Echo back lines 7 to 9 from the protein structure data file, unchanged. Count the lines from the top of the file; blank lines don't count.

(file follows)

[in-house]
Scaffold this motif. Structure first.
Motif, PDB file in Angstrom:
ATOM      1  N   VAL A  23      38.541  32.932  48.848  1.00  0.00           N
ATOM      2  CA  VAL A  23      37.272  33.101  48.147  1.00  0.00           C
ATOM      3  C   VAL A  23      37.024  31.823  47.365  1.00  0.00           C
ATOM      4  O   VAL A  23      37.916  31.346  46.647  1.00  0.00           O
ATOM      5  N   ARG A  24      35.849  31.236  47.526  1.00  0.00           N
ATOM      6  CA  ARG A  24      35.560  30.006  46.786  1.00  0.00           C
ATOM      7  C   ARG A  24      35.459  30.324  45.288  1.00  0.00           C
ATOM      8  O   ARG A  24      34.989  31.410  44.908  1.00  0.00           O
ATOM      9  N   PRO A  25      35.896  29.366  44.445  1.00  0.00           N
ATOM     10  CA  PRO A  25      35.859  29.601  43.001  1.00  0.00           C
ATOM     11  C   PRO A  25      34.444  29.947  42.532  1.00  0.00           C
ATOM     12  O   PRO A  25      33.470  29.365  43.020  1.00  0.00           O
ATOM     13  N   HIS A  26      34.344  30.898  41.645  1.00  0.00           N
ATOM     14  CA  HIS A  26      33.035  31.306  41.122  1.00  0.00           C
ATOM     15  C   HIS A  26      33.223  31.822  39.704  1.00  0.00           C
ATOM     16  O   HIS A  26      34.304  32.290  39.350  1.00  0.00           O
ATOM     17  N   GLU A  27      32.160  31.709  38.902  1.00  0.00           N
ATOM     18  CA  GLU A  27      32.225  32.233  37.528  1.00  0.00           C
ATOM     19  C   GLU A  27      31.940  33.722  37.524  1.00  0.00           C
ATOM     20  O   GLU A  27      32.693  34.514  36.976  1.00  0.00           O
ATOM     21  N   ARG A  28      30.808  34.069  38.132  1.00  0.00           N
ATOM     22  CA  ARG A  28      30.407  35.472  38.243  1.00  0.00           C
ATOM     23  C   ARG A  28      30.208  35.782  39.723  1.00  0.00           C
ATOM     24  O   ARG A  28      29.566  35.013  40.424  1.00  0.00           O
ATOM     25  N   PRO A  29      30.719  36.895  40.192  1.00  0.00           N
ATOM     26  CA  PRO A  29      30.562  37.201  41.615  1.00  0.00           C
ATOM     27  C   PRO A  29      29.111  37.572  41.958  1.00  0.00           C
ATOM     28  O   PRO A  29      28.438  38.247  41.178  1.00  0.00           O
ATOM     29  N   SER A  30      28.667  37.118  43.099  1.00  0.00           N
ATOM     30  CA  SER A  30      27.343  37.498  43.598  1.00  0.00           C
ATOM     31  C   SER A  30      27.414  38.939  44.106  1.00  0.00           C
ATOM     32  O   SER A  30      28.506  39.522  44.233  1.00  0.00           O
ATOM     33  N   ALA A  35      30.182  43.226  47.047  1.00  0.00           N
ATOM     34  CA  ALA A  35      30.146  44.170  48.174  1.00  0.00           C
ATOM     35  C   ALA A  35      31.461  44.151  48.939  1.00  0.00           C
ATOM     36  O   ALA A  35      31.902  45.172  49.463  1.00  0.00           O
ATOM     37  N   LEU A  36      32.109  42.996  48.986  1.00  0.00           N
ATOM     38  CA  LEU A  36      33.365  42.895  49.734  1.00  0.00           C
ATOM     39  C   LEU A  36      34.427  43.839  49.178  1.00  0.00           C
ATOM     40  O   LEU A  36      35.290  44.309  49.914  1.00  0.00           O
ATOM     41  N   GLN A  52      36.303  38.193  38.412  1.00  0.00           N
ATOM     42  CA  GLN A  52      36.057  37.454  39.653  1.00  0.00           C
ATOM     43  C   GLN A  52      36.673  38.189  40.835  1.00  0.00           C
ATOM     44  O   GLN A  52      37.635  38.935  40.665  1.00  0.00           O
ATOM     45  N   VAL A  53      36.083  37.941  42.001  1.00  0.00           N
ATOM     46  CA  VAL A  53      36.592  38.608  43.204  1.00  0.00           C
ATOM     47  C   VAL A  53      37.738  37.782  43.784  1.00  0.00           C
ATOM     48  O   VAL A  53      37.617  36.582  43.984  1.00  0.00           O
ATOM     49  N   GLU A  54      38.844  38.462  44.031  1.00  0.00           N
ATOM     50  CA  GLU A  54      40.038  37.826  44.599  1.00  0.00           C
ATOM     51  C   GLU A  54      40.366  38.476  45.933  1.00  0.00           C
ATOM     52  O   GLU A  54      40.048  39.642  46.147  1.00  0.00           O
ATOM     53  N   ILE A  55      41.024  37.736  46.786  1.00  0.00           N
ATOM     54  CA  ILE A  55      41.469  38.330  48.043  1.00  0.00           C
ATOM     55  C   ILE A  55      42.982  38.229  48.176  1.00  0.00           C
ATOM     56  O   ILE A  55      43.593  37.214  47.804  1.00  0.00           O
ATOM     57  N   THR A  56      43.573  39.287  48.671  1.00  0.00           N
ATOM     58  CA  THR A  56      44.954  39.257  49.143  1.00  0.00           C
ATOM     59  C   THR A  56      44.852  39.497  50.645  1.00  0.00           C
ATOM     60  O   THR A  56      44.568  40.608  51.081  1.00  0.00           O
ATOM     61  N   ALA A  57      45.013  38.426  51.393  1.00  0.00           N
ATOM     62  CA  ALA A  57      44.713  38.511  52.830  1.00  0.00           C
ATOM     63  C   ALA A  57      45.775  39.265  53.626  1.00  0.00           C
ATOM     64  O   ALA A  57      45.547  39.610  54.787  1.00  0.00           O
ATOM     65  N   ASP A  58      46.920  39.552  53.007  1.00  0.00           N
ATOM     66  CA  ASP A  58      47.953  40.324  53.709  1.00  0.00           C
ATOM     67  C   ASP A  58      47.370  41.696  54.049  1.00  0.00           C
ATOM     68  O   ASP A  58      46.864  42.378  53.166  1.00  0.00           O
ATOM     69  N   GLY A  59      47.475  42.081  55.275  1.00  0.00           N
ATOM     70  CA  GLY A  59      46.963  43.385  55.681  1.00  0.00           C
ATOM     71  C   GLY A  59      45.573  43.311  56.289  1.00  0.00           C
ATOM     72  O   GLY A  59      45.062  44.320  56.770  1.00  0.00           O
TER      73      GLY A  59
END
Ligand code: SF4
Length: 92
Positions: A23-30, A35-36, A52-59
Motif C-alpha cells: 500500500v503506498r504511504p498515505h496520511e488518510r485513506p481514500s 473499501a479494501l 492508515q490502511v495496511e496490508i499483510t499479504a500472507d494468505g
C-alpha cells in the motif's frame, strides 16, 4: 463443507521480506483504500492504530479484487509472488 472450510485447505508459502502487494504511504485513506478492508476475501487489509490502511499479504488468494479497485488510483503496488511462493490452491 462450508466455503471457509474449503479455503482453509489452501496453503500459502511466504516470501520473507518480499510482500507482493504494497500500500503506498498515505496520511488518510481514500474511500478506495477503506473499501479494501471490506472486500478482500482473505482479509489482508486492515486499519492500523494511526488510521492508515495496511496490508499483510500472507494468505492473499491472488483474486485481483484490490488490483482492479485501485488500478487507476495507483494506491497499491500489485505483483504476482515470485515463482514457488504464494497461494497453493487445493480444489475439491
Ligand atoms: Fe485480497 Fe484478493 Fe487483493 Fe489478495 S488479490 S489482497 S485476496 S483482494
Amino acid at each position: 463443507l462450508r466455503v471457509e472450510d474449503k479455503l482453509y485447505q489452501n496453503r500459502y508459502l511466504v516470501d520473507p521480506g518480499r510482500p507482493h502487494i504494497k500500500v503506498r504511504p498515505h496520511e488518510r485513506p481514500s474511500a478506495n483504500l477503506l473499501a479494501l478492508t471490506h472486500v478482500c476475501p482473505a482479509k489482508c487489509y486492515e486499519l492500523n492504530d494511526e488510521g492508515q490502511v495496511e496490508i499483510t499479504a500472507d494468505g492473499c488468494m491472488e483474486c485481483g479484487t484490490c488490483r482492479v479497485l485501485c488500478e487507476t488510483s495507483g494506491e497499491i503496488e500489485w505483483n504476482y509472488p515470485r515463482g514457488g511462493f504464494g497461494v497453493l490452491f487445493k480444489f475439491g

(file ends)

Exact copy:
ATOM      4  O   VAL A  23      37.916  31.346  46.647  1.00  0.00           O
ATOM      5  N   ARG A  24      35.849  31.236  47.526  1.00  0.00           N
ATOM      6  CA  ARG A  24      35.560  30.006  46.786  1.00  0.00           C